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5 Dangerous Mistakes You're Making on a Low-Carb Diet

Many people ditch carbs in an effort to lose weight. But cutting back on this important macronutrient group could actually backfire.

If you've ever tried to lose weight, odds are you've probably tried one of the most popular diet trends over the last couple of decades: going low carb. Carbohydrates have long been vilified as the dietary culprit making you fat, so people assume reducing them drastically will keep the scale tipping down and banish belly bloat for good.

Unfortunately, it's not so easy. For starters, carbohydrates are your body's number one fuel source, so you need them for optimal energy and function. And not all carbs are created equal; while ditching refined carbohydrates like sugars and white flour is good for weight loss, eating more fiber-rich complex carbs like fruit and whole grains can actually help you lose weight, too.

If you've cut back on this important macronutrient and the scale still isn't budging, watch out for these dangerous mistakes that may stifle your weight loss progress or even your long-term overall health. And while you're at it, be sure to read up on these 30 Hidden Reasons Why You Can't Lose Weight.

You're not eating enough calories


"Although cutting calories will help you lose weight, it's important to stay within your daily target to fuel your metabolism. When people cut back on carbs, they make the mistake of cutting their calories too drastically," says registered dietitian Jim White, RD, ACSM, and owner of Jim White Fitness and Nutrition Studios.

"A lot of people drop their carbs but also drop other macronutrients such as protein and fat," he explains. "This can cause many deficiencies, slow down the metabolism and decrease energy levels impacting overall health."

Talk to a doctor or RD about your daily caloric needs — depending on activity level, that's usually between 1,200 and 1,800 calories for weight-loss — and stick to your target.

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You're depriving yourself


Ditching refined carbohydrates like sugars and white flours is a great way to boost weight loss. After all, these simple carbs will spike your blood sugar and prompt your body to store excess glucose as fat. But depriving yourself of certain treats and your favorite foods entirely is a recipe for disaster.

"When people eliminate them from their diets, they tend to crave them more over time," White says. "This leads people to go back to eating them and failing their low carb diet attempts."

This leads to a destructive cycle of deprivation, cravings, binging, feeling guilty, then depriving yourself again. Instead of forbidding yourself from eating your favorite carb-rich foods entirely, White suggests giving yourself 150 calories at the end of the day to eat whatever you want. This could be a small chocolate chip cookie or an ounce of potato chips — whatever curbs your carby cravings.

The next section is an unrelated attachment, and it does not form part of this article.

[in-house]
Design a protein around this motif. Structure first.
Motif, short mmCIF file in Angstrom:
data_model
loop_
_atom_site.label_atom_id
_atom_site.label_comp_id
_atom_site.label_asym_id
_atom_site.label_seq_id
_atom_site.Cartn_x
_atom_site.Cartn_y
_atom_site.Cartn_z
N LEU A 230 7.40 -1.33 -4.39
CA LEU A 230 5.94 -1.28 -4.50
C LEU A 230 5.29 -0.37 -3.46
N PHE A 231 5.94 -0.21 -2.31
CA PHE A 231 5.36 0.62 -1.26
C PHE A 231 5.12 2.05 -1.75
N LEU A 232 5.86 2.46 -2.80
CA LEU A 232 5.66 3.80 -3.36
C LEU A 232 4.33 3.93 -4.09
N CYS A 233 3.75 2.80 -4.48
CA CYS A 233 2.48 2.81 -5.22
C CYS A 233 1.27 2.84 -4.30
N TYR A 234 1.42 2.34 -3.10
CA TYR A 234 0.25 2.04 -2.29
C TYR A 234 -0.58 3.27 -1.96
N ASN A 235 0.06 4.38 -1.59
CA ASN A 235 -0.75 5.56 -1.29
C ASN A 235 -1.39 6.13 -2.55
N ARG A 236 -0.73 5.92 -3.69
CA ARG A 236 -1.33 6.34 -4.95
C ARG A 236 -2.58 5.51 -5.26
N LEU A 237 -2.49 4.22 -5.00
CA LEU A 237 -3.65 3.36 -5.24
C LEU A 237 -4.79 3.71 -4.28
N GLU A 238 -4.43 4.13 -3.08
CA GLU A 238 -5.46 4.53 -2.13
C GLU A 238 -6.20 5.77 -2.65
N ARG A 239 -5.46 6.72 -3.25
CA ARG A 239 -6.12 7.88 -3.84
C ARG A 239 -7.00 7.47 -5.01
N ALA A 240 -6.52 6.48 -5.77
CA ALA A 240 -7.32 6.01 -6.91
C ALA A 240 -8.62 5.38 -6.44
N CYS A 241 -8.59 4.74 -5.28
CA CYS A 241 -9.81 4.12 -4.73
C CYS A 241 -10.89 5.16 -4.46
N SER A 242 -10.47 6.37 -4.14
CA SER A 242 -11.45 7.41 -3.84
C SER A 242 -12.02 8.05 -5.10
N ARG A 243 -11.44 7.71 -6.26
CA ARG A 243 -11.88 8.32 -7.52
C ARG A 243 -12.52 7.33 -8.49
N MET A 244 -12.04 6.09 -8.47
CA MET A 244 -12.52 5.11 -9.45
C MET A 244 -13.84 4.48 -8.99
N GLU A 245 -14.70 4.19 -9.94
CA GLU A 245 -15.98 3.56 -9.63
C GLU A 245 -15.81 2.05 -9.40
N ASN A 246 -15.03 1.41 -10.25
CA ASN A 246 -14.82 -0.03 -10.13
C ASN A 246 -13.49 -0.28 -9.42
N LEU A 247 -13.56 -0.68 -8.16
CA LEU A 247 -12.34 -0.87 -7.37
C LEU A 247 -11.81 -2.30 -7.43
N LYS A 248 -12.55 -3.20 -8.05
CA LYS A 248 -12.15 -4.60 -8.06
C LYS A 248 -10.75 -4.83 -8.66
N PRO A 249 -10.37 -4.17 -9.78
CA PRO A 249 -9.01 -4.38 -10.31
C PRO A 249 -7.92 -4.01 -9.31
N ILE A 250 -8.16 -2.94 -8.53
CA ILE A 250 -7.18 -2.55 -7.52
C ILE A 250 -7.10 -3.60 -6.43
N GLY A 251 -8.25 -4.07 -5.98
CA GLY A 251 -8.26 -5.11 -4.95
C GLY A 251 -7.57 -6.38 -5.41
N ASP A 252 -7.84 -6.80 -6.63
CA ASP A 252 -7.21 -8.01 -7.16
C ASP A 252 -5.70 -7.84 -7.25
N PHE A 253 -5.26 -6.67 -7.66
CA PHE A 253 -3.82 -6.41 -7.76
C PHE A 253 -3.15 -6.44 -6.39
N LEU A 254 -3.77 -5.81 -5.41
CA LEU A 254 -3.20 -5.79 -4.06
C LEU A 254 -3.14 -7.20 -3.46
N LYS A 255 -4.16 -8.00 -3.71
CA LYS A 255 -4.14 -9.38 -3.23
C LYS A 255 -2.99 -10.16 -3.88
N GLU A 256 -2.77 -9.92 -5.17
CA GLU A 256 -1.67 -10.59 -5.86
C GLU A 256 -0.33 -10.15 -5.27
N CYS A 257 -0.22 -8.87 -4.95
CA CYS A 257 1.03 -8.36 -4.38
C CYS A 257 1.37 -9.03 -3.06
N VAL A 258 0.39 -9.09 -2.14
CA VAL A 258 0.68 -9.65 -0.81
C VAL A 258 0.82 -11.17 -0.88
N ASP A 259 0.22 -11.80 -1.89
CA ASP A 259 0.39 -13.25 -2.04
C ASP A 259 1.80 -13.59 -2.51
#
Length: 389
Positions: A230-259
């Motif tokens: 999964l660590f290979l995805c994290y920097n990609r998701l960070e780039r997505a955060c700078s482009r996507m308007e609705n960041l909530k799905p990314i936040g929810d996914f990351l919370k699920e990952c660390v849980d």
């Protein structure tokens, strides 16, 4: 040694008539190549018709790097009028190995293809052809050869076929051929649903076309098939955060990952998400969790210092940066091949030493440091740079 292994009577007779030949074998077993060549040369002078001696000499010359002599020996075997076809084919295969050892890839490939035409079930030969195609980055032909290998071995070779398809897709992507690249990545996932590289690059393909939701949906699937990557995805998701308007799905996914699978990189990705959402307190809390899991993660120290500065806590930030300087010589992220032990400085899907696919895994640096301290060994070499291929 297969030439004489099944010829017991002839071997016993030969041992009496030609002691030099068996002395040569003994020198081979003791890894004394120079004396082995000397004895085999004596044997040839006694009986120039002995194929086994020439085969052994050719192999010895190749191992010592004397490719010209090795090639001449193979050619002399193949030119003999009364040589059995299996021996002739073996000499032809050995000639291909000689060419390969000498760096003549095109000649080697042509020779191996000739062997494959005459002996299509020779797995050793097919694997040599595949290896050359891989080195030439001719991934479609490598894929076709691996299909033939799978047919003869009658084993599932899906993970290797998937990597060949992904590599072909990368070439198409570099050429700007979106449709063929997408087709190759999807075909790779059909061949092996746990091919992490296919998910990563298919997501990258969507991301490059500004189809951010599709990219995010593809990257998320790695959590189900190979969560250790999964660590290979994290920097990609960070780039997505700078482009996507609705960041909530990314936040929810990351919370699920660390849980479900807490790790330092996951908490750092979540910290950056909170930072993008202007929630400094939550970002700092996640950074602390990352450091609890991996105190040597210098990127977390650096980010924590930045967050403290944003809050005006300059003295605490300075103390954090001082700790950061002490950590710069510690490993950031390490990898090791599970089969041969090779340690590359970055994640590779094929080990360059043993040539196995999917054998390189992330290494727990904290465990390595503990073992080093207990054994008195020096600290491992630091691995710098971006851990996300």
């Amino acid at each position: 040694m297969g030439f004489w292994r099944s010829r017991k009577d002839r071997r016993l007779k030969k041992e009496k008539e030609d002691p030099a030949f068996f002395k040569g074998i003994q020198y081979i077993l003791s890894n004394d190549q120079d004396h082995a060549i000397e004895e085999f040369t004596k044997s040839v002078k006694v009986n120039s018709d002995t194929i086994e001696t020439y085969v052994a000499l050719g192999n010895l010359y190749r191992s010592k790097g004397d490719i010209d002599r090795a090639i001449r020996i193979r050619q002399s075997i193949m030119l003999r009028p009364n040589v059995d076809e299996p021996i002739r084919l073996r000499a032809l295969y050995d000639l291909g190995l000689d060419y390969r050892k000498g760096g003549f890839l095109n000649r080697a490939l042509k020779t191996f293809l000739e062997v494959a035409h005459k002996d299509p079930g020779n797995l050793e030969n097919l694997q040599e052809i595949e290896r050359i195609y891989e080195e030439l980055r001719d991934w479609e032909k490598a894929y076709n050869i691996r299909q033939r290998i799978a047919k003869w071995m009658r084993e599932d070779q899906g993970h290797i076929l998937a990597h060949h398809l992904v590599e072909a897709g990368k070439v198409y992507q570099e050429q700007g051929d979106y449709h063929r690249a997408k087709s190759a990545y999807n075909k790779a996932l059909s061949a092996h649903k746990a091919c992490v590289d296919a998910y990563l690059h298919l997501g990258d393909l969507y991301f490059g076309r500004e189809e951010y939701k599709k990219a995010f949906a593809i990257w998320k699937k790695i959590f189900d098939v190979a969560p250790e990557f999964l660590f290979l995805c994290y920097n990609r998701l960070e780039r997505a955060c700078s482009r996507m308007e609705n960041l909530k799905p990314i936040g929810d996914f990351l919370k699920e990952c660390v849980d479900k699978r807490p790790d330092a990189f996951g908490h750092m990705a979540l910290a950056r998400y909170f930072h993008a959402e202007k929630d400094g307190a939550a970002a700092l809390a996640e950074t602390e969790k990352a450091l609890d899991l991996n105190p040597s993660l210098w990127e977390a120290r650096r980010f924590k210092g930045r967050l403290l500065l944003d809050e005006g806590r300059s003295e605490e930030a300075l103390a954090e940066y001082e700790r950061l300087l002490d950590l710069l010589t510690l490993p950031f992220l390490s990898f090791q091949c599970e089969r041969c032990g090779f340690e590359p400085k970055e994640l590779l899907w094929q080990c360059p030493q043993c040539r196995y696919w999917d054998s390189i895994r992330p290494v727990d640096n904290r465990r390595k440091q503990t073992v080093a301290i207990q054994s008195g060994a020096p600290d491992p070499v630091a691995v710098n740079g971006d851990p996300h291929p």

You're too low carb


Some people go to extremes by cutting out carbohydrates entirely or eating fewer than 20 grams of carbs a day—both techniques are used when following the keto diet. Since the FDA recommends people eat 300 grams of carbs on a 2,000 calorie diet, that's way beyond a typical low-carb diet.

"A low carbohydrate diet is less than 125 grams a day," White explains. "Some people go more extreme in cutting and others are more liberal. In my opinion, if you are going to cut carbs, keep vegetables, fruits, and low-fat dairy into your diet."

By cutting down so drastically on carbs, you're also missing essential antioxidants and B vitamins found in many complex carbohydrates that will help fight off inflammation. In fact, whole grains and raw oats are some of our 30 Best Anti-Inflammatory Foods.

Whole grains are also an excellent source of fiber, which can boost weight loss. Fiber keeps you feeling fuller longer, which will help keep midday grazing at bay. By skipping out on complex carbs, you're missing this essential nutrient.

You're not listening to your body


One of the benefits to losing weight is gaining more energy. Unless you're cutting out carbs entirely. Since carbohydrates are our body's number one source of fuel, leaving them out of your diet will totally drain your energy reserves.

"Carbs are important for fuel," White explains. "In fact, a large part of the brain's fuel comes from glucose. Without carbs, people can feel low [on] energy, dizzy, confused and irritable."

If you start to feel fatigued or particularly hangry after cutting out carbs, it's important to listen to your body. In fact, feeling moody In fact is one of our 9 Signs You Should Be Eating More Carbs. Incorporate more fiber-rich, low-glycemic complex carbs for all day energy such as sweet potatoes, quinoa, or steel-cut oatmeal.

You're super active

Woman looking at fitness watch on a run

At the risk of sounding like a broken record, carbs are necessary for energy, especially for people who live active lifestyles. Athletes and big-time gym rats will need a good amount of carbs to power their workouts and keep their energy steady.

"I would not recommend athletes or anyone who is exercising with high intensity to go on a low carb diet," White explains. "This may include those who are competing in events, marathons, biking distances or swimming should keep carbohydrates in their diet." You can add "avoiding carbs when exercising" to the list of 8 Exercise Mistakes That Are Making You Gain Weight.

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